Being a sci-fi/fantasy nerd, I try to get to every midnight movie premiere that I can. Usually, I can make it in to work later that day. Not this time.
I went to the midnight showing of The Hobbit: An Unexpected Journey and this is my review. As I mentioned in the excerpt, there will be spoilers ahead, so if you’re going to wait to go until later in the weekend, hit the “back” button on your browser now. It should also be noted that I realize that The Hobbit: An Unexpected Journey was not really intended to be viewed in isolation; it is the first of three theatrical releases which were meant to be one big movie.
[Disclaimer/Confession mode=on]I am not serious movie critic. I don’t understand the technical aspects of movies. Nor do I like going to “serious” movies. While I understand and appreciate a film like Saving Private Ryan or No Country for Old Men, I go to a movie theater to be entertained. I have admittedly low expectations; what I want out of a movie consists of some combination of the following: cars turning into robots, magic/sorcery/the Force, lots of stuff blowing up, cleavage falling out of metal bikinis, orbital battle-stations, dragons burning down cities, and hot women running in slow motion. Sometimes, there is a nice confluence of a well-constructed film and an entertaining movie, but I usually prefer the latter.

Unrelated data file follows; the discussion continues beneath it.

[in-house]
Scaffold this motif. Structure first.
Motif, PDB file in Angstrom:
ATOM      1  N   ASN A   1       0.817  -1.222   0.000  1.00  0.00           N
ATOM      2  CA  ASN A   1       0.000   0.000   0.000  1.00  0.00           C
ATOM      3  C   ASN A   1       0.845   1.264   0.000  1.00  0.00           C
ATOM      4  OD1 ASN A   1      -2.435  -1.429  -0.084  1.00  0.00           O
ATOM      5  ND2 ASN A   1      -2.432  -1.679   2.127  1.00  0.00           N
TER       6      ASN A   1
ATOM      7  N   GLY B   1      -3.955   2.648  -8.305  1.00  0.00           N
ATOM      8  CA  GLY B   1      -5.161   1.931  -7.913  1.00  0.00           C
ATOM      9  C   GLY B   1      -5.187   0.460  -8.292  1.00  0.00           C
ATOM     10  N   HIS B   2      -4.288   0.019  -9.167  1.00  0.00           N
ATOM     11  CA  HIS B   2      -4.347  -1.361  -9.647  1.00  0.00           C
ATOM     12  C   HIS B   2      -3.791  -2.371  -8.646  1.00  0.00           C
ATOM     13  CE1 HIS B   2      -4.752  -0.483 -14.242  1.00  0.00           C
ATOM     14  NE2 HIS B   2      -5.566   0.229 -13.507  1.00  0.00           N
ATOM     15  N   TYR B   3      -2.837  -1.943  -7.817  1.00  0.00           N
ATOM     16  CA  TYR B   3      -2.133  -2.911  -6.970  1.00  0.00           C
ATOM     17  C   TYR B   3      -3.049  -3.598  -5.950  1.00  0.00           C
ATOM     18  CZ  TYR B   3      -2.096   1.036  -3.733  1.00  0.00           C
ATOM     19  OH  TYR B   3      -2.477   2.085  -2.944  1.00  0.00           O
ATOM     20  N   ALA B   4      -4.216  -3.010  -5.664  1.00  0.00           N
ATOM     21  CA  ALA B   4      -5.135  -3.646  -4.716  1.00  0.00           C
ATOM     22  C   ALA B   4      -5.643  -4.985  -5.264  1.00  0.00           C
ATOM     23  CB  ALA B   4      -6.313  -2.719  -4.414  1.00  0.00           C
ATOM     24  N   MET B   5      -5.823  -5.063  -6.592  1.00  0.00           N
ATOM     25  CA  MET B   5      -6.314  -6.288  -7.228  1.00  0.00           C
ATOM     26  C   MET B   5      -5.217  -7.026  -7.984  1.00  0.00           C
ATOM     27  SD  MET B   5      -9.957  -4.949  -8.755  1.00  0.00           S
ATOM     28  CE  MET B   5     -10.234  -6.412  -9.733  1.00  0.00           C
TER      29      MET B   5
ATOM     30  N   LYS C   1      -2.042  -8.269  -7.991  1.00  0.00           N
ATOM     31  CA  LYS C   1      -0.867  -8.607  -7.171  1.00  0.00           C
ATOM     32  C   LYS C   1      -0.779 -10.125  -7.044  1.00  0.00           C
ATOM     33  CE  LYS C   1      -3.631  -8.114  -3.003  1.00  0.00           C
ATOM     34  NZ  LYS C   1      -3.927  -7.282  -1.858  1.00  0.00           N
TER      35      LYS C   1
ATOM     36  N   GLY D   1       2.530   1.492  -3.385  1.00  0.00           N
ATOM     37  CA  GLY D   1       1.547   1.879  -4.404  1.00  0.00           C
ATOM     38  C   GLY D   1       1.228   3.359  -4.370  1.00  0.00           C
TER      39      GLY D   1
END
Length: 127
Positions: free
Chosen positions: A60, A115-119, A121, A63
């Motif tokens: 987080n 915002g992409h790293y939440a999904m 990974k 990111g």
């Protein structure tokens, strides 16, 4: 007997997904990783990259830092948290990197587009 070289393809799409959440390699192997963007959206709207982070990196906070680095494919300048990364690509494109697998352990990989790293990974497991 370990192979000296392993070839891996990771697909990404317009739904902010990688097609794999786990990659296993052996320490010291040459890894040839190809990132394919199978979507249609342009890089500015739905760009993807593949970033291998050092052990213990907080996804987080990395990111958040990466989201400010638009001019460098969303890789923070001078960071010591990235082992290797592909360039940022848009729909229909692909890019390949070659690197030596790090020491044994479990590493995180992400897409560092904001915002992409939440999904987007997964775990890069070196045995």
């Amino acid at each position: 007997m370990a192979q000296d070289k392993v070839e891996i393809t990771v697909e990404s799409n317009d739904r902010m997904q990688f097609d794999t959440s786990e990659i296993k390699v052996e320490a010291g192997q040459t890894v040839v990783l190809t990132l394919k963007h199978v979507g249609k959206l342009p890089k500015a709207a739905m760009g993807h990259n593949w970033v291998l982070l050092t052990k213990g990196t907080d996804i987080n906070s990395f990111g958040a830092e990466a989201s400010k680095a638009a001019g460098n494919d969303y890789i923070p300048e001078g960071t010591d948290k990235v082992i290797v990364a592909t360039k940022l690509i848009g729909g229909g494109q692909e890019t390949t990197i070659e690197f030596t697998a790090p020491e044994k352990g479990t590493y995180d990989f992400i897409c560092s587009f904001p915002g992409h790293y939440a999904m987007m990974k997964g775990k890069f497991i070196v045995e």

I am also not a hardcore Tolkien fan. It’s been many, many years since I’ve read The Hobbit and I don’t think I’ve ever read The Lord of the Rings from cover to cover.1 Still, because I thought Peter Jackson did such a great job of bringing the Lord of the Rings movies to the screen in a way that would not only satisfy the fanboys/girls but also be accessible to the non-Tolkienite public, I have been looking forward to The Hobbit movies2 and how they would come to the screen.
So I’m going to break down The Hobbit: An Unexpected Journey here in the good, the bad and the ugly style. I am not going to walk through the movie or recap the plot. I figure anyone going to a blog about an MMO based on Tolkien’s works probably knows how it’s supposed to go and how it ends.[/Disclaimer/Confession Mode]
I went to the non-3-D showing and I was disappointed no one was dressed up in costume.3